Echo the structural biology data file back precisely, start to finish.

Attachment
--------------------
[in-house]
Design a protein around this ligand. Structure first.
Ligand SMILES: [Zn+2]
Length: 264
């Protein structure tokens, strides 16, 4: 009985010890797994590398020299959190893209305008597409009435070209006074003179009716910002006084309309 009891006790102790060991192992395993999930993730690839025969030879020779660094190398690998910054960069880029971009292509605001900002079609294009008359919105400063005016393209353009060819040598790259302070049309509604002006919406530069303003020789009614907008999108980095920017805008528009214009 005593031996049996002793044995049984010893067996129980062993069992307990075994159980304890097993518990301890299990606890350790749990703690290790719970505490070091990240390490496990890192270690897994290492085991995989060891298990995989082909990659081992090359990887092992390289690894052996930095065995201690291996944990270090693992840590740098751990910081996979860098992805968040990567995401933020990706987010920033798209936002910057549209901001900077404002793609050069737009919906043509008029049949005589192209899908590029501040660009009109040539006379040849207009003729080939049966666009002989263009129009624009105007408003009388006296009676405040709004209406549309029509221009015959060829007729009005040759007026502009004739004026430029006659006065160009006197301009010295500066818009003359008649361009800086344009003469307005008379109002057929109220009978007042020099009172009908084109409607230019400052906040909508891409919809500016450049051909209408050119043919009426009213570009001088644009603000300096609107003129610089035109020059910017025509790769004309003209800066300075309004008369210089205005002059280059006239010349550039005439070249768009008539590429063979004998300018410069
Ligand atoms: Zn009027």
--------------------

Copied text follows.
[in-house]
Design a protein around this ligand. Structure first.
Ligand SMILES: [Zn+2]
Length: 264
């Protein structure tokens, strides 16, 4: 009985010890797994590398020299959190893209305008597409009435070209006074003179009716910002006084309309 009891006790102790060991192992395993999930993730690839025969030879020779660094190398690998910054960069880029971009292509605001900002079609294009008359919105400063005016393209353009060819040598790259302070049309509604002006919406530069303003020789009614907008999108980095920017805008528009214009 005593031996049996002793044995049984010893067996129980062993069992307990075994159980304890097993518990301890299990606890350790749990703690290790719970505490070091990240390490496990890192270690897994290492085991995989060891298990995989082909990659081992090359990887092992390289690894052996930095065995201690291996944990270090693992840590740098751990910081996979860098992805968040990567995401933020990706987010920033798209936002910057549209901001900077404002793609050069737009919906043509008029049949005589192209899908590029501040660009009109040539006379040849207009003729080939049966666009002989263009129009624009105007408003009388006296009676405040709004209406549309029509221009015959060829007729009005040759007026502009004739004026430029006659006065160009006197301009010295500066818009003359008649361009800086344009003469307005008379109002057929109220009978007042020099009172009908084109409607230019400052906040909508891409919809500016450049051909209408050119043919009426009213570009001088644009603000300096609107003129610089035109020059910017025509790769004309003209800066300075309004008369210089205005002059280059006239010349550039005439070249768009008539590429063979004998300018410069
Ligand atoms: Zn009027």